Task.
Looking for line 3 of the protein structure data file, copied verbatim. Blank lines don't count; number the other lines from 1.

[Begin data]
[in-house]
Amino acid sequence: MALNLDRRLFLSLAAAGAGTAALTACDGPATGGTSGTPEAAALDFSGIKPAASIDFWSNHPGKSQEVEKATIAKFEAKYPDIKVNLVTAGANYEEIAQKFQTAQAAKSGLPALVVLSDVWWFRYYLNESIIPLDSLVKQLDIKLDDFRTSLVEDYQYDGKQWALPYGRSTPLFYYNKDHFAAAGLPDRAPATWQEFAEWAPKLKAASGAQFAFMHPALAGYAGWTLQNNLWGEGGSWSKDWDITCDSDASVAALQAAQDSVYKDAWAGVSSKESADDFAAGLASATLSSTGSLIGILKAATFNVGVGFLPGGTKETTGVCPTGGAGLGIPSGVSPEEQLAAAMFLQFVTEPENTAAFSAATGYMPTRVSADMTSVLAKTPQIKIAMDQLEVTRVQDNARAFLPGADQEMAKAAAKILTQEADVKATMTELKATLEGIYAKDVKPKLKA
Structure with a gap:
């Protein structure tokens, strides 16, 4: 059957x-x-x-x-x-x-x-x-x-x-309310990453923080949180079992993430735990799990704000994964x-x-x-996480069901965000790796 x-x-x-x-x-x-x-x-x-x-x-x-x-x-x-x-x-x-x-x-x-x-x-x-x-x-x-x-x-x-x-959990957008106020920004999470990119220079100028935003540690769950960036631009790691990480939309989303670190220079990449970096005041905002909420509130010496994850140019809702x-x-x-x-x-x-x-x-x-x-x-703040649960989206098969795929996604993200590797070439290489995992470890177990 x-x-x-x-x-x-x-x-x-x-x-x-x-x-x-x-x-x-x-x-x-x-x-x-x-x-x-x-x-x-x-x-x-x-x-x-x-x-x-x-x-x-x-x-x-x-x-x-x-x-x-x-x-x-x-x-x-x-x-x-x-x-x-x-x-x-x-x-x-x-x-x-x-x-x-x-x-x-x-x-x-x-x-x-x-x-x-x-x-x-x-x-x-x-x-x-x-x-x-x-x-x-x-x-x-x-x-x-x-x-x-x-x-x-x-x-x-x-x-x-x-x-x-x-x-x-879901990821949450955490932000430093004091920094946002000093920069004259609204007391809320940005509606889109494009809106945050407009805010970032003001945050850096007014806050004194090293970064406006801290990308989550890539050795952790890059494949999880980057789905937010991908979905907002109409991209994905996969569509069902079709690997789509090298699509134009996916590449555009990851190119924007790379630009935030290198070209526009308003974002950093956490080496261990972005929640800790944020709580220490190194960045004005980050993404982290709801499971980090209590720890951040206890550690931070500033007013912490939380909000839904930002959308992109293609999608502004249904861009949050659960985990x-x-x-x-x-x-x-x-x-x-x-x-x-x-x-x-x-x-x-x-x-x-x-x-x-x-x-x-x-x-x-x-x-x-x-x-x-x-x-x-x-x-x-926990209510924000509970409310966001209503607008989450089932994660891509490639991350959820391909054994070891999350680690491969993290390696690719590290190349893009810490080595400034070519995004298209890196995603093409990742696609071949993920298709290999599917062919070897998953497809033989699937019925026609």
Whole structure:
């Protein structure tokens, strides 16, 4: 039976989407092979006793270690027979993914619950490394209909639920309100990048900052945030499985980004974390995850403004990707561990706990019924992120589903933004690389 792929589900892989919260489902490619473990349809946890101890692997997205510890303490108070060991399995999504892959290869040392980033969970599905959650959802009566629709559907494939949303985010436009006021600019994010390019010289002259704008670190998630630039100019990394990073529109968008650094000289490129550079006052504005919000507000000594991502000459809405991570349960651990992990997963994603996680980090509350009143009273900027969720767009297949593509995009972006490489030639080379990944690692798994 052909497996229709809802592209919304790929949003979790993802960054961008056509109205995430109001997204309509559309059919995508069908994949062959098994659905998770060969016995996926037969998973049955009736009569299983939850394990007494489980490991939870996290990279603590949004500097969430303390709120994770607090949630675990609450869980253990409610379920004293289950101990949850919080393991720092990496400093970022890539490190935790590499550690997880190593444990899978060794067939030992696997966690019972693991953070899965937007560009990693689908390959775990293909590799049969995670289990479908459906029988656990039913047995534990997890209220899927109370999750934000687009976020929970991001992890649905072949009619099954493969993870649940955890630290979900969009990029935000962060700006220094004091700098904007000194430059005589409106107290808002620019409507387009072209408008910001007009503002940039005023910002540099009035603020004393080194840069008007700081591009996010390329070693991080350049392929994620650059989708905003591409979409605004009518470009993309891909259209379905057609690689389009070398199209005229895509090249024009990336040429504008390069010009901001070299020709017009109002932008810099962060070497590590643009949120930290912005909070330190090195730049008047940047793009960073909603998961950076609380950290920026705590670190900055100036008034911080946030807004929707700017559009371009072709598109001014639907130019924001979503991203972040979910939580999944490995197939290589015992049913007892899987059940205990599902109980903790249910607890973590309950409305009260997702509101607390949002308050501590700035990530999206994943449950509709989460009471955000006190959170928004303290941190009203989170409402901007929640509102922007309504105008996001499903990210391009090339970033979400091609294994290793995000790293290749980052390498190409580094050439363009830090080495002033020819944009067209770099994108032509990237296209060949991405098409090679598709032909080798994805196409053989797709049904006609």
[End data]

Structure with a gap: